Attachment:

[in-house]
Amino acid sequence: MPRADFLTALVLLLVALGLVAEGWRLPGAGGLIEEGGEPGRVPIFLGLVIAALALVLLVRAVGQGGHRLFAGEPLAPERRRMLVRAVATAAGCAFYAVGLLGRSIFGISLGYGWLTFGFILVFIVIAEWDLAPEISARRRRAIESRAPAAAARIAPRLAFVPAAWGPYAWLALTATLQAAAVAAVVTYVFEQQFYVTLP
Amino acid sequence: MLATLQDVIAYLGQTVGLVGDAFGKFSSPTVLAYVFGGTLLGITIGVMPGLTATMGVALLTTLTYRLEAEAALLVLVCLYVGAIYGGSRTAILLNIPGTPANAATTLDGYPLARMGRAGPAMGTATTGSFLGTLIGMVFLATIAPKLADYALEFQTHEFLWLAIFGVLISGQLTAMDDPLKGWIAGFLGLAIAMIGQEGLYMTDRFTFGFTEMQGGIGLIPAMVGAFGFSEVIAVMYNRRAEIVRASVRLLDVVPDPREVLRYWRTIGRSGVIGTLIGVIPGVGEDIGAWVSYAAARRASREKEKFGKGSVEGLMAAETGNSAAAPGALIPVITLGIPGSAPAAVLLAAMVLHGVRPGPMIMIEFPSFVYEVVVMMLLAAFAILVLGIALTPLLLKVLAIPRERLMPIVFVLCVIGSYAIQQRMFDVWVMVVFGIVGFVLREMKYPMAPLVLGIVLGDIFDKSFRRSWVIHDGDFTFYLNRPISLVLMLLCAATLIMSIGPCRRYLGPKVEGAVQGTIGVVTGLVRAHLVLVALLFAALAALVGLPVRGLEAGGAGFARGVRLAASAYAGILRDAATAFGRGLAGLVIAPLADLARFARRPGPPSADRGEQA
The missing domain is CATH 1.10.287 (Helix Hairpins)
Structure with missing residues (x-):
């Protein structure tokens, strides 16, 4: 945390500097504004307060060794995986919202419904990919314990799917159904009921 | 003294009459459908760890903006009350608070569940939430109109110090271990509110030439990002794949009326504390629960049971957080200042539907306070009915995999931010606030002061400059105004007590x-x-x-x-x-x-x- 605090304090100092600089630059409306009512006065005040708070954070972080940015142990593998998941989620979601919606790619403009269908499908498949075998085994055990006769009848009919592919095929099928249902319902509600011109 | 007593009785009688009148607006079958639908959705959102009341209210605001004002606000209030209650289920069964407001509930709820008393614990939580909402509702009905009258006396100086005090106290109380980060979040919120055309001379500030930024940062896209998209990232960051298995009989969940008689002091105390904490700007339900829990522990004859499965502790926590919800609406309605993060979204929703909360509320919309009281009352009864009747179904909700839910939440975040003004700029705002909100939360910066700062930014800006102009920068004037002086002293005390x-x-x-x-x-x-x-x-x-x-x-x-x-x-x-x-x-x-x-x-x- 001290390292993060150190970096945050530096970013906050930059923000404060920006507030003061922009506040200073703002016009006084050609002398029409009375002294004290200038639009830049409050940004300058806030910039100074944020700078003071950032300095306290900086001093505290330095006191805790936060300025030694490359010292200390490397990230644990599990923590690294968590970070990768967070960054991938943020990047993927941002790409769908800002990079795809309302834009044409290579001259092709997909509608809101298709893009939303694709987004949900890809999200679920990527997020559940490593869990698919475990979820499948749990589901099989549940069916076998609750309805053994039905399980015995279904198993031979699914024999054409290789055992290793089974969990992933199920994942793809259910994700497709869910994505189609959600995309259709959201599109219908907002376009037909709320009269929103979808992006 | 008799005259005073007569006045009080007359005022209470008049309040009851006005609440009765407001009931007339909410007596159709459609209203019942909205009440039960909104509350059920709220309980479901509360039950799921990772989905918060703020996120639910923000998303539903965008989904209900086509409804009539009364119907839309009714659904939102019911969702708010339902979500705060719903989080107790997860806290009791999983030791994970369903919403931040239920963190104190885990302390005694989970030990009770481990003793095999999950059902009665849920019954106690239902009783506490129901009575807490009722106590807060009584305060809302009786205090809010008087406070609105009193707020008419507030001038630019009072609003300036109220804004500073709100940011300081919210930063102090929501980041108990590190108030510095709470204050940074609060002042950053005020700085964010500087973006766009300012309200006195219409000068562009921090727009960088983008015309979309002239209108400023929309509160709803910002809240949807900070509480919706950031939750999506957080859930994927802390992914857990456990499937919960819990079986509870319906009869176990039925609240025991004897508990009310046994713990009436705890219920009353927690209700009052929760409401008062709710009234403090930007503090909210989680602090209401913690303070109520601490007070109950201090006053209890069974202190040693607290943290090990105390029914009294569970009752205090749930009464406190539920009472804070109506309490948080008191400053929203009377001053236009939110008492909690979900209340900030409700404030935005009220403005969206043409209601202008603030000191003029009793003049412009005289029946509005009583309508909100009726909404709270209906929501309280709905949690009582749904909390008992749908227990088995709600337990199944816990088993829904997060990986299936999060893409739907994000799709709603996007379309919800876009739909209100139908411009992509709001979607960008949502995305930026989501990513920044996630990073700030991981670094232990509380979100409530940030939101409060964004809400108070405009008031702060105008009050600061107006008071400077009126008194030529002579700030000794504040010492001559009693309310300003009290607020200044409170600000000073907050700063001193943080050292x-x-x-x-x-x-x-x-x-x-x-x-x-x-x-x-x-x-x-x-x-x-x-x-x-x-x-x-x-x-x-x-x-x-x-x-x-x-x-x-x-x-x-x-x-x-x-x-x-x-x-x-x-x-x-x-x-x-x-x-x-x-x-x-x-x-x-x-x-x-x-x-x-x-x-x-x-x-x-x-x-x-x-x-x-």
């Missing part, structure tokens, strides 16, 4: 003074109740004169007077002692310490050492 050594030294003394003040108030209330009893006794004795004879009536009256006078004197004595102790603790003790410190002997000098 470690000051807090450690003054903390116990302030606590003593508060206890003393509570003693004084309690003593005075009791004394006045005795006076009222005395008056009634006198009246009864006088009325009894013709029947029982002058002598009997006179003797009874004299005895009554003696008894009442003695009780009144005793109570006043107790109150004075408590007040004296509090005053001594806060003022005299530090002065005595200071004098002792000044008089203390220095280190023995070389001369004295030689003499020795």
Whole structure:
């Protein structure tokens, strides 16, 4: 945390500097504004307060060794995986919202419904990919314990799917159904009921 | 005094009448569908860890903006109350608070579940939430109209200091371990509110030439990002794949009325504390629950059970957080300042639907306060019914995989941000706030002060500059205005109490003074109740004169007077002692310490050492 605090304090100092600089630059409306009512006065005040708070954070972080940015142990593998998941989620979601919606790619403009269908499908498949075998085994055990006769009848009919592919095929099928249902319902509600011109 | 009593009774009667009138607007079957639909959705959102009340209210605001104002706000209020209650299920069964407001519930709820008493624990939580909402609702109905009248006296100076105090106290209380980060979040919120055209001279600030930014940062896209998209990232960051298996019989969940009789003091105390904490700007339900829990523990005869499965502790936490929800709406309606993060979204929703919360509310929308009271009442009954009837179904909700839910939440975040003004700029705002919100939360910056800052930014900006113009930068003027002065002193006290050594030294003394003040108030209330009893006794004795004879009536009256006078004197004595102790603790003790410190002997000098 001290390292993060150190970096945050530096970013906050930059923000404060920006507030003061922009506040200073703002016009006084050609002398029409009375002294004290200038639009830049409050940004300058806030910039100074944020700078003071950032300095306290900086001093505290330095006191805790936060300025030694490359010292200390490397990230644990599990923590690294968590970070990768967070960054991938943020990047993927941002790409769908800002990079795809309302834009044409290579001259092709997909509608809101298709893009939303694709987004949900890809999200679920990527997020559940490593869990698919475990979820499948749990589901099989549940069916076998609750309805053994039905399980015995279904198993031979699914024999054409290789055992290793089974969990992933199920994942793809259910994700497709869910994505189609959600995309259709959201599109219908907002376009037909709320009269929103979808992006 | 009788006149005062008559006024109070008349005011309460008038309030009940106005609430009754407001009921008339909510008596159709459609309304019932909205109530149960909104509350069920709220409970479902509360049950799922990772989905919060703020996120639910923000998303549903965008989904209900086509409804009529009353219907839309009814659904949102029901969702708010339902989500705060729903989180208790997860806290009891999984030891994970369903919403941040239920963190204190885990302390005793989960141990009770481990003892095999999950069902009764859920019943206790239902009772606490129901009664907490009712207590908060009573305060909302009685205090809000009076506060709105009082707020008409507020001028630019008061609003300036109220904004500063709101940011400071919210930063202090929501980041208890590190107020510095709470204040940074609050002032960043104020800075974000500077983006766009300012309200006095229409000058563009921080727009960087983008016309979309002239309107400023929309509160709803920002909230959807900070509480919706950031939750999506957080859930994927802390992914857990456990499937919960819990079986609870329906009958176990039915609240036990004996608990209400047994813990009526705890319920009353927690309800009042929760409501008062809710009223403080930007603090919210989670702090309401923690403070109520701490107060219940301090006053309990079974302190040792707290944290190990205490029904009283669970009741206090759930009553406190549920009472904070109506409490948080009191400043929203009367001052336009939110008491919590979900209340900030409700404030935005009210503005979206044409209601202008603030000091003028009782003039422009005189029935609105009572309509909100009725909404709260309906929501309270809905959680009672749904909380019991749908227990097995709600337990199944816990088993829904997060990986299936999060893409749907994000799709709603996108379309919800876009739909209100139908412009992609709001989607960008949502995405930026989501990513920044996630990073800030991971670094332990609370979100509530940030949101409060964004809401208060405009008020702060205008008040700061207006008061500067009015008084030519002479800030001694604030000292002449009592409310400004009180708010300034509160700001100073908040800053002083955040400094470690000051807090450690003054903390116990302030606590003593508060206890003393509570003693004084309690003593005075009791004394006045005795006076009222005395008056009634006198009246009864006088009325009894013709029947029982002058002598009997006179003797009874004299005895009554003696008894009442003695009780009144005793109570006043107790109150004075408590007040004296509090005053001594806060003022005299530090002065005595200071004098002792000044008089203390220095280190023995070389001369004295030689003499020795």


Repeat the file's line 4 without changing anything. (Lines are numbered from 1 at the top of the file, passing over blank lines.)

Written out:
The missing domain is CATH 1.10.287 (Helix Hairpins)